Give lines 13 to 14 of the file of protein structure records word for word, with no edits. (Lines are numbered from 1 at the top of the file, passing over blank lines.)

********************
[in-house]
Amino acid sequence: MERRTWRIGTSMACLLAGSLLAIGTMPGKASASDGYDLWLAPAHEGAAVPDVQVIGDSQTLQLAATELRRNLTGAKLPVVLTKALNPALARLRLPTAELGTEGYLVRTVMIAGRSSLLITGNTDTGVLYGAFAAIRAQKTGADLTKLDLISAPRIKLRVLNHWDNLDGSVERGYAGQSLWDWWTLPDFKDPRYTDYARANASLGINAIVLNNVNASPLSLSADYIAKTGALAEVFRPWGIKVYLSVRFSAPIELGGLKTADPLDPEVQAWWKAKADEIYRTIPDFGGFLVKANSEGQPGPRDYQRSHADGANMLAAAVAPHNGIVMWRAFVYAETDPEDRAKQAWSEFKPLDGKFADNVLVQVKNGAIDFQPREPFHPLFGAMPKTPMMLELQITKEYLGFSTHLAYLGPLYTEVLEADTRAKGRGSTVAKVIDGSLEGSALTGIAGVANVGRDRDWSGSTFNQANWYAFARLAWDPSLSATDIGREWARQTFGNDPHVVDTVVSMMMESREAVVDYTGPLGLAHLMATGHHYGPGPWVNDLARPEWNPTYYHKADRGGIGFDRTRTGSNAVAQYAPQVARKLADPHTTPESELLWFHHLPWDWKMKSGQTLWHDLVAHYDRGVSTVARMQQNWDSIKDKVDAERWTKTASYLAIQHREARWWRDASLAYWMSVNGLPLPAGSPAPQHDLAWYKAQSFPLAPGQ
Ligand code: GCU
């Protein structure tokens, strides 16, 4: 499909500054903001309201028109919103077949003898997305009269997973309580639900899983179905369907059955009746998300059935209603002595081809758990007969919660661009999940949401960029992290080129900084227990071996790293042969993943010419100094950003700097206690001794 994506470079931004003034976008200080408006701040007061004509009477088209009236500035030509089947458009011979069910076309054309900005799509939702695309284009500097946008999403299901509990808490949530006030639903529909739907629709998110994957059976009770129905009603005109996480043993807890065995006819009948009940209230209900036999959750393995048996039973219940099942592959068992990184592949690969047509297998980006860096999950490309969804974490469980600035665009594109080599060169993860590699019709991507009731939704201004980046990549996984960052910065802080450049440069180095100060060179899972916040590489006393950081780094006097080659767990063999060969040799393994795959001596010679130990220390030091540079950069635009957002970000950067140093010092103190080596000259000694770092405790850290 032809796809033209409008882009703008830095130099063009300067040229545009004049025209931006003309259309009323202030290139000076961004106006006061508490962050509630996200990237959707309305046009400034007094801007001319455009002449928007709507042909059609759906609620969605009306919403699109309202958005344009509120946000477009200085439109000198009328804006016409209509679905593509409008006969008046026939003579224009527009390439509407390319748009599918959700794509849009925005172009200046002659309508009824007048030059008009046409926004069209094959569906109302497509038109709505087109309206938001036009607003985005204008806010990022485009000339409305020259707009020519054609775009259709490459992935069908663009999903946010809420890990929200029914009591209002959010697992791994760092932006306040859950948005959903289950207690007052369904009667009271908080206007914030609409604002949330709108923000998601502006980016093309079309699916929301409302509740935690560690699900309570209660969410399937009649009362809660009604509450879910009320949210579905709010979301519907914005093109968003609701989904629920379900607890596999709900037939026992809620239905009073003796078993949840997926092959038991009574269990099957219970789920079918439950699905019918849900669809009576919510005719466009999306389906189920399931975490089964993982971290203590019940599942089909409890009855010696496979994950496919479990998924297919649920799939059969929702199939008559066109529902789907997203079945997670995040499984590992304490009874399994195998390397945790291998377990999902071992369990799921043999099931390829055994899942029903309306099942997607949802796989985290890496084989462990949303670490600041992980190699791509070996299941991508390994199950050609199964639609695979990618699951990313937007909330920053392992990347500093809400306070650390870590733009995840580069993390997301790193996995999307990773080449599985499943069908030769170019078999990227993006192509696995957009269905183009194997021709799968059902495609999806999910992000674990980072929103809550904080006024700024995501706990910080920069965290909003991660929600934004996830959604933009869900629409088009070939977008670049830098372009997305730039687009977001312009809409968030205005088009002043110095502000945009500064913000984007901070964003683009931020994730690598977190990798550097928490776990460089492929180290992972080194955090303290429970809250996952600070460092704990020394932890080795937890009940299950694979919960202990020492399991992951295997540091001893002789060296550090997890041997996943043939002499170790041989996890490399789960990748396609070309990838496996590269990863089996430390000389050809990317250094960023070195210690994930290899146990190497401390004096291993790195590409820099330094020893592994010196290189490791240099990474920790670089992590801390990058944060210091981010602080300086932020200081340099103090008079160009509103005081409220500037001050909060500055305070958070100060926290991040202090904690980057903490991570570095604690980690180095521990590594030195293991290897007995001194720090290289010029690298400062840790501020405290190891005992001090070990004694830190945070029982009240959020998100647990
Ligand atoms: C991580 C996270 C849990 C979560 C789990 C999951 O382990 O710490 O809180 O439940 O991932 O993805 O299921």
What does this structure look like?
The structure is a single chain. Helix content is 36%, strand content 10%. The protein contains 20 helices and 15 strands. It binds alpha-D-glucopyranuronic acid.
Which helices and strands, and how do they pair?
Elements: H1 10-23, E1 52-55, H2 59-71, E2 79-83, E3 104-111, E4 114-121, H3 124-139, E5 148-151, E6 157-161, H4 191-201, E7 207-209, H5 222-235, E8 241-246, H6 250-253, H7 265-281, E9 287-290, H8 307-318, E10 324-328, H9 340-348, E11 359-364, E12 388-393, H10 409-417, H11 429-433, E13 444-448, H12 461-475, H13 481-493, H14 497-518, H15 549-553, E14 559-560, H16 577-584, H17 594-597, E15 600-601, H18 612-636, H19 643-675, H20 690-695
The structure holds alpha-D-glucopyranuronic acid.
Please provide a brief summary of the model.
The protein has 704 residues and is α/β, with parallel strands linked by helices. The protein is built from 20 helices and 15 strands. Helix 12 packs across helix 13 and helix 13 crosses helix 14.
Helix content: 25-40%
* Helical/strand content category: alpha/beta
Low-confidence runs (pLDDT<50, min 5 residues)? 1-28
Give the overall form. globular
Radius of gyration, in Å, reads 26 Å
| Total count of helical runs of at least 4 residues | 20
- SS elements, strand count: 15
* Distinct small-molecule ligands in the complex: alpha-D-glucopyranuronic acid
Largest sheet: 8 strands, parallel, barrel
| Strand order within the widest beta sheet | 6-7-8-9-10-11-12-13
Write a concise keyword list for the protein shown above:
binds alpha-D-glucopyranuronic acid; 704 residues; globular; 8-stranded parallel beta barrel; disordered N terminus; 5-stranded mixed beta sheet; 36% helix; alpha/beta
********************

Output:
Helix content: 25-40%
* Helical/strand content category: alpha/beta